Parkinson's disease (PD) patients lead a sedentary lifestyle, being unable or unwilling to exercise conventionally, due to physical and mental limitations. The aim of this study was to assess the acute effects of a single session of whole-body electromyostimulation (WB-EMS) on the physical performances and serum levels of the neurotrophic factors in PD patients. Ten subjects (aged 72.60 +/- 6.82) underwent 20 min of physical activity with superimposed WB-EMS and, after four weeks, the same protocol with no WB-EMS. WB-EMS was conducted with intermittent stimulation, with 4 s WB-EMS/4 s rest, at 85 Hz, 350 mu s. A physical fitness assessment and blood samples collection, to evaluate neurotrophic factors' levels (BDNF, FGF21, proNGF, mNGF), were collected before and after the intervention. The RM-ANOVA showed significant improvements in sit-to-stand (p < 0.01), arm curl (p < 0.01), handgrip (p < 0.01) and soda pop test (p < 0.01) after the WB-EMS intervention. Higher proNFG serum levels were observed in the WB-EMS condition compared to the no WB-EMS after 60 min post-intervention (p = 0.0163). The effect of WB-EMS confirmed the electrostimulation ability to modulate the proNGF quantity. The positive impact of the WB-EMS protocol on physical functioning, and eye-hand coordination, makes this intervention a promising strategy to improve motor and non-motor symptoms in PD patients.

A Single Session of Whole-Body Electromyostimulation Increases Muscle Strength, Endurance and proNGF in Early Parkinson Patients

Quinzi, Federico;
2021-01-01

Abstract

Parkinson's disease (PD) patients lead a sedentary lifestyle, being unable or unwilling to exercise conventionally, due to physical and mental limitations. The aim of this study was to assess the acute effects of a single session of whole-body electromyostimulation (WB-EMS) on the physical performances and serum levels of the neurotrophic factors in PD patients. Ten subjects (aged 72.60 +/- 6.82) underwent 20 min of physical activity with superimposed WB-EMS and, after four weeks, the same protocol with no WB-EMS. WB-EMS was conducted with intermittent stimulation, with 4 s WB-EMS/4 s rest, at 85 Hz, 350 mu s. A physical fitness assessment and blood samples collection, to evaluate neurotrophic factors' levels (BDNF, FGF21, proNGF, mNGF), were collected before and after the intervention. The RM-ANOVA showed significant improvements in sit-to-stand (p < 0.01), arm curl (p < 0.01), handgrip (p < 0.01) and soda pop test (p < 0.01) after the WB-EMS intervention. Higher proNFG serum levels were observed in the WB-EMS condition compared to the no WB-EMS after 60 min post-intervention (p = 0.0163). The effect of WB-EMS confirmed the electrostimulation ability to modulate the proNGF quantity. The positive impact of the WB-EMS protocol on physical functioning, and eye-hand coordination, makes this intervention a promising strategy to improve motor and non-motor symptoms in PD patients.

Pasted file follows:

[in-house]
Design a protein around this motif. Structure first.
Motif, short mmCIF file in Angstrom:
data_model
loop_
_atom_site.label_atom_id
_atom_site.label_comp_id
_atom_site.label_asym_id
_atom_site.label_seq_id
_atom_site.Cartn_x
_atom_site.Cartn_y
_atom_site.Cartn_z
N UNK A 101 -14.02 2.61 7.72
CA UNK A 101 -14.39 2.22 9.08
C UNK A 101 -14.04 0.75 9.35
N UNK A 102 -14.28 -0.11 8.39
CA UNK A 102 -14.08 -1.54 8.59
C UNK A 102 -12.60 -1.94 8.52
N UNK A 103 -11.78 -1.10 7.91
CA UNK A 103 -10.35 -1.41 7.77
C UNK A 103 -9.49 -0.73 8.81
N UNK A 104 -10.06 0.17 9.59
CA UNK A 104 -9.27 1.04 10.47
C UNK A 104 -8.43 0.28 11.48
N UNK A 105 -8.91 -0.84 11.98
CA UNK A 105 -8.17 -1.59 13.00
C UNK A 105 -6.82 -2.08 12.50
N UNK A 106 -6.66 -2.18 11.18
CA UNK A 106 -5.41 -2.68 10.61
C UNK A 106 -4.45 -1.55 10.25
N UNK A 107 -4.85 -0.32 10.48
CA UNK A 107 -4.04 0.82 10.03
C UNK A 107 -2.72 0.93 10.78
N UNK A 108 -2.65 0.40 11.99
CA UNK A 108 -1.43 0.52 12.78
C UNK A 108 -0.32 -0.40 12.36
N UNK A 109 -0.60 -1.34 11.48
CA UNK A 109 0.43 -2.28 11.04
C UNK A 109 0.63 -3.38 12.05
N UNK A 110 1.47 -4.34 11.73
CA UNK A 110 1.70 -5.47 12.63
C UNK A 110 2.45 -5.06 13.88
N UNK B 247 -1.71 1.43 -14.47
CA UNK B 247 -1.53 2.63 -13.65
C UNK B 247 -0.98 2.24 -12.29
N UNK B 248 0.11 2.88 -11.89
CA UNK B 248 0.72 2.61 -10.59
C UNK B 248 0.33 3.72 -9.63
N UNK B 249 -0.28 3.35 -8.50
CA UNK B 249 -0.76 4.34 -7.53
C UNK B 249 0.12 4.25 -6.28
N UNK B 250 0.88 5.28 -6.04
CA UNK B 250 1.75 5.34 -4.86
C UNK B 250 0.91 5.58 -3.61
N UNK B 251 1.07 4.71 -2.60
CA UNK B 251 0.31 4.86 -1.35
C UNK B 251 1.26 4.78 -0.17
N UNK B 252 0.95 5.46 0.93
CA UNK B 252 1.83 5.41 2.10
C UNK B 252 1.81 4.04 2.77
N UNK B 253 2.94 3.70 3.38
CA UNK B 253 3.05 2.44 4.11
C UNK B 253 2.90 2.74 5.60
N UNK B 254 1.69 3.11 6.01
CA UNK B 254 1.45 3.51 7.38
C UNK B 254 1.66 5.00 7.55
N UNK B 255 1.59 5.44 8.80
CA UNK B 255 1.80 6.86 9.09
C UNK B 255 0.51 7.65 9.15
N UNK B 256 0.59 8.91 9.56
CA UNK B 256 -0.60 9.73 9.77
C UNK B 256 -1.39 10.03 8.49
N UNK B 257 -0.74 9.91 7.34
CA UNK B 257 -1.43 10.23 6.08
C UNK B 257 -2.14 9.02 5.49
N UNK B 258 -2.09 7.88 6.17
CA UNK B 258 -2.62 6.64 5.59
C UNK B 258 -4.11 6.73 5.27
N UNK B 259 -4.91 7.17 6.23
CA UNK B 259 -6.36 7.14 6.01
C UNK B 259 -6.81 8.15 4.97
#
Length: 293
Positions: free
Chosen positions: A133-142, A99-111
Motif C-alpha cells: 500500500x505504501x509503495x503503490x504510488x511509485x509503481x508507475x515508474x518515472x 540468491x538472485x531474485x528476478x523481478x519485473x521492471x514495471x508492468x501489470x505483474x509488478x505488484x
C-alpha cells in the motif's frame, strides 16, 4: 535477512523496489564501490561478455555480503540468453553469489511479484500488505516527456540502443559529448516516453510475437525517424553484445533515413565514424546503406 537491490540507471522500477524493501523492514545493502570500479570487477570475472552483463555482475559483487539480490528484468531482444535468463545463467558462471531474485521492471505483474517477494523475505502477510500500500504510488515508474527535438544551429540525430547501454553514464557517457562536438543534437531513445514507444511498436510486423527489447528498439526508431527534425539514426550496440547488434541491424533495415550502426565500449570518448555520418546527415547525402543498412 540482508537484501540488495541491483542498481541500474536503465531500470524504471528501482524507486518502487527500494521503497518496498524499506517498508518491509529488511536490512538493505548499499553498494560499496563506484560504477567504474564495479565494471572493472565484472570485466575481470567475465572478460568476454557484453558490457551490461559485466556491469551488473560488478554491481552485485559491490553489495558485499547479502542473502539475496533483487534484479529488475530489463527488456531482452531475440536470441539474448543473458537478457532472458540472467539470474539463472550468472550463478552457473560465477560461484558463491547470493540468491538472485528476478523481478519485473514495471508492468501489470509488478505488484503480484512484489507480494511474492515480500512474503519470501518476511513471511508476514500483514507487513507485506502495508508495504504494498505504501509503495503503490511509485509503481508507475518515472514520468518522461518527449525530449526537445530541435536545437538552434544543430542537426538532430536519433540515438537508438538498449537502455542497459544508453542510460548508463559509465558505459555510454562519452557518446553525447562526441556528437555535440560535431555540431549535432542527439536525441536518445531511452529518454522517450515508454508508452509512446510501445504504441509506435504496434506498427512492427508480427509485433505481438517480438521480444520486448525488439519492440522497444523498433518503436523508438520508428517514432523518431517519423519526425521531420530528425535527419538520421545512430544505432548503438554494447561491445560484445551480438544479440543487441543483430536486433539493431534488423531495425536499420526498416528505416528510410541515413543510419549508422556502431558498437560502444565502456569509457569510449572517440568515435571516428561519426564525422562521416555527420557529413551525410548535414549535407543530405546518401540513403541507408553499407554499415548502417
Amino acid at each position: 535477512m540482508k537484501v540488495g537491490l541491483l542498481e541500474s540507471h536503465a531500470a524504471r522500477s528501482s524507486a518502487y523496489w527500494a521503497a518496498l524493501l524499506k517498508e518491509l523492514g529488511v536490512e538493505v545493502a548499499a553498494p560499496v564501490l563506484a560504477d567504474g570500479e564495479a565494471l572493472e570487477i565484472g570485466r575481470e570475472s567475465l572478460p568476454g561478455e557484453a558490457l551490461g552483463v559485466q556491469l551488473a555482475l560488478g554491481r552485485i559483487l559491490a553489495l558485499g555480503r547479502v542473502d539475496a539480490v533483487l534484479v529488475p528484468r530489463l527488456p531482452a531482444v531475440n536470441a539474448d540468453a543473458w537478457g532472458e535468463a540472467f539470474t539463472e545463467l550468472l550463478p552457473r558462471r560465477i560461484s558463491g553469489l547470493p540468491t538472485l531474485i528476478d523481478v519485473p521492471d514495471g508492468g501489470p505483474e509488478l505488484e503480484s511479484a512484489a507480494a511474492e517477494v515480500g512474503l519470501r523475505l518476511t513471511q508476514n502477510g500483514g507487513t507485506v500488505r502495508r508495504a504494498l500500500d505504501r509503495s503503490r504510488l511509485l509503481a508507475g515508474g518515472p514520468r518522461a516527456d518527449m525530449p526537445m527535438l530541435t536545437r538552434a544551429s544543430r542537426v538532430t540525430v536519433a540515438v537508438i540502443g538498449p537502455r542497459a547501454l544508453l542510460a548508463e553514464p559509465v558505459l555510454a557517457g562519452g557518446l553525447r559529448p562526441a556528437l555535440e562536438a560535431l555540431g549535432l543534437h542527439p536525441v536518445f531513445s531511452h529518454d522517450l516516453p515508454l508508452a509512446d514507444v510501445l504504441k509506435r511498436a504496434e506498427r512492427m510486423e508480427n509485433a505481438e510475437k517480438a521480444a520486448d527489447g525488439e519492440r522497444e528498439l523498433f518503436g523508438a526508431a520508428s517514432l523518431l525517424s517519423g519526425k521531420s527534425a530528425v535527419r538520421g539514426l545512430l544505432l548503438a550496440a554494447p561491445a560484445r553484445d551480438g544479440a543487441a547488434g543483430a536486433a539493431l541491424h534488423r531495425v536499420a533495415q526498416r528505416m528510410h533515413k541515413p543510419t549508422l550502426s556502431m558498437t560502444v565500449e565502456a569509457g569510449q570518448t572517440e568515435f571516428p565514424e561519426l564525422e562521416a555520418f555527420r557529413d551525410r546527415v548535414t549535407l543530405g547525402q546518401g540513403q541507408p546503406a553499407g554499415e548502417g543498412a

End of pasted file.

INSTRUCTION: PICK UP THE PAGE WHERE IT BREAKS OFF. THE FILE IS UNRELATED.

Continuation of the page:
2021
Parkinson’s disease
motor impairment
neurotrophic factors
physical activity
Exercise
Hand Strength
Humans
Muscle Strength
Electric Stimulation Therapy
Parkinson Disease
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Utilizza questo identificativo per citare o creare un link a questo documento: https://hdl.handle.net/20.500.12317/81216
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